I replace the input shaft seal in these whenever I have one apart,
that's a pretty common failure and it's easier to do while the gearcase
is on the
bench. An easy seal to replace (part #285352) and not at all expensive,
falls under the 'preventive maintenance' heading.
"A life spent making mistakes is not only more honorable,
but more useful than a life spent doing nothing." - George
If you've been enduring my rambling for any length of
time, you know that's
a 'soapbox' issue for me <grin>. A little PM has saved me a lot of time
aggravation over the years, and I've become a firm believer in it.
You should also plan on replacing the drive coupler - at least the
to the input shaft - whenever it's been removed. Reinstalling a used one
feasible because it won't grip the shaft tightly enough the second time
on, and will fail pretty quickly. The coupler half that mounts to the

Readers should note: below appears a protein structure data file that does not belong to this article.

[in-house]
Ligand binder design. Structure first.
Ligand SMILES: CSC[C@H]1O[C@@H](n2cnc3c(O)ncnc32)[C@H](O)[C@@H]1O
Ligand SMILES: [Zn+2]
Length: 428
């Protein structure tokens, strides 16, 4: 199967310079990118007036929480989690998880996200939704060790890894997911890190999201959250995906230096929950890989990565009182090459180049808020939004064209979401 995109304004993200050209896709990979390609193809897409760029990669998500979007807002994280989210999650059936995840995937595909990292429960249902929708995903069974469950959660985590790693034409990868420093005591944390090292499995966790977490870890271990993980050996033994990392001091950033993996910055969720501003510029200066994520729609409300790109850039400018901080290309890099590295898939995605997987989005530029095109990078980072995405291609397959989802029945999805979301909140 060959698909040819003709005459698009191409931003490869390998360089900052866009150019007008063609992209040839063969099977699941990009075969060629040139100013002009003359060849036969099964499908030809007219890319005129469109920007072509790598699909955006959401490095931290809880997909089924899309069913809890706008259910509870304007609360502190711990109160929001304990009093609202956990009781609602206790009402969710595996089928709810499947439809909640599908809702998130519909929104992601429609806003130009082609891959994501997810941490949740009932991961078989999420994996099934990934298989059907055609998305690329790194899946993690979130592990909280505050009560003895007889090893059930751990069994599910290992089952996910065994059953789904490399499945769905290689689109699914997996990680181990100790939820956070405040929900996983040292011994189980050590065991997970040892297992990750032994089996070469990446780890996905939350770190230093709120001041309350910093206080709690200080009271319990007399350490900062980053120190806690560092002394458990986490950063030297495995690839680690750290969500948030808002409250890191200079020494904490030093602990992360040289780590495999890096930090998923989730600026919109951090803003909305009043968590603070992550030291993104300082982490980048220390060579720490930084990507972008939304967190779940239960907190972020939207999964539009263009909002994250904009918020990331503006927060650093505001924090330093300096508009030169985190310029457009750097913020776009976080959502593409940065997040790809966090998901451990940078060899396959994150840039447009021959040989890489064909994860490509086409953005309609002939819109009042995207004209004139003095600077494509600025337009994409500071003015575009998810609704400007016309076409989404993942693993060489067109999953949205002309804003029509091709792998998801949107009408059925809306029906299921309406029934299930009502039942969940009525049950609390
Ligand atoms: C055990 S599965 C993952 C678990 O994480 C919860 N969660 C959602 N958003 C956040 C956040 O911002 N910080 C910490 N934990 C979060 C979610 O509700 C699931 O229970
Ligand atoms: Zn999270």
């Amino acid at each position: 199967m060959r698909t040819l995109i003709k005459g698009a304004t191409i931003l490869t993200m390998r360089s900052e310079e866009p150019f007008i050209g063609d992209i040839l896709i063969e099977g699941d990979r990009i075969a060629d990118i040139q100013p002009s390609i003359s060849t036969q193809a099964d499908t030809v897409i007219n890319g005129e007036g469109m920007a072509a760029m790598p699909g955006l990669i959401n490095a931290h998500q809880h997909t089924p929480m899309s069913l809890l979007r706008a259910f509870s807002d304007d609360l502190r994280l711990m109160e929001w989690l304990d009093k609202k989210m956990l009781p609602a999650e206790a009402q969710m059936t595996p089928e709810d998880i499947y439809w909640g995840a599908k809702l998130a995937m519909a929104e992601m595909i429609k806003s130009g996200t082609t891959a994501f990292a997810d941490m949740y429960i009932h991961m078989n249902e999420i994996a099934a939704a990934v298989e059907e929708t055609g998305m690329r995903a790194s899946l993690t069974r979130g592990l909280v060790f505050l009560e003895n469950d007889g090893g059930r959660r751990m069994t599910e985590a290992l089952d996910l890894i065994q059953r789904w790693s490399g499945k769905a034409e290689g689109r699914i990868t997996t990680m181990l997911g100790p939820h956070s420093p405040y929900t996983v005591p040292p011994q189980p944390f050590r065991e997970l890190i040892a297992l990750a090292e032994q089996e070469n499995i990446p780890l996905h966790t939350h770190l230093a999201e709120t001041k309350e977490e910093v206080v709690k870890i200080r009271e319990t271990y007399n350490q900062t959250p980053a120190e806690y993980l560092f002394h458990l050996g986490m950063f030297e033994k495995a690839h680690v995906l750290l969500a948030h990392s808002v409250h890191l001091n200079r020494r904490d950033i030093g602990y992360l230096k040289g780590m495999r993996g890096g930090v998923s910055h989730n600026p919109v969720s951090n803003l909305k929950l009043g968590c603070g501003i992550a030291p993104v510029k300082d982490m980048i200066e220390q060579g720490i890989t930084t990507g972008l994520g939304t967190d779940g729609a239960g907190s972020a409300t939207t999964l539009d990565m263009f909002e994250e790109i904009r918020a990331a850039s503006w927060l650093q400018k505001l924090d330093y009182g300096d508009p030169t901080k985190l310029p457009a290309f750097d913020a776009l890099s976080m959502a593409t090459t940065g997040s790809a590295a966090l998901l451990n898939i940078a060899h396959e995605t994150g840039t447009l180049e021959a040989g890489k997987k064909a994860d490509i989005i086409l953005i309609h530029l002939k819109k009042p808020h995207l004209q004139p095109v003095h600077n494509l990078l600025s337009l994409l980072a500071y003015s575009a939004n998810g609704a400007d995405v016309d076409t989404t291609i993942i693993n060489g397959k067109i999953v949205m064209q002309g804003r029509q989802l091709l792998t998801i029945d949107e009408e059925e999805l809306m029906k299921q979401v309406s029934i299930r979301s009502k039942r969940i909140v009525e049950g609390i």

motor can be
left in place if it's still tightly gripping the motor shaft, but most
of them I see
aren't, so plan on replacing the
drive coupler #285753A (
The only exception to this *might* be the newest version with the steel
hubs, but I haven't been using those yet. 'Tried one or two so far, but
they get the dimensions figured out, I can't recommend them. The current
version is fitting too tightly. But Whirlpool will get it right; they
stay with a
problem until it's resolved. (Note: They have corrected this, and the
are doing well)
Clamp the gearcase assy in a bench vise by bolting the motor plate back
on and using a small block of wood to help hold it level (I've made a
of handy jigs out of plywood and 1/2" running thread, but I do a lot of
the eight 5/16'' hex-head screws holding the cover on. Use a
putty knife to
the cover free.
I usually level the gearcase in the vise at this
point, just to make sure the
oil stays where it should when you're putting it all back together,
off the lid sealing surface.
There's no gasket used, but just Loc-Tite (tm) sealer between the two, and
covers can really stick. I use Corning blue silicone*
to re-seal the cover back on.
The Loc-Tite's just too darned expensive.
thoroughly scrape and clean
the mating surfaces before sealing. Acetone
PVC pipe cleaner work pretty
well for cleaning.
*Ordinary silicone seal WILL NOT WORK, but will leak; must be the blue
Once the cover's off, remove the plastic spin gear's large snap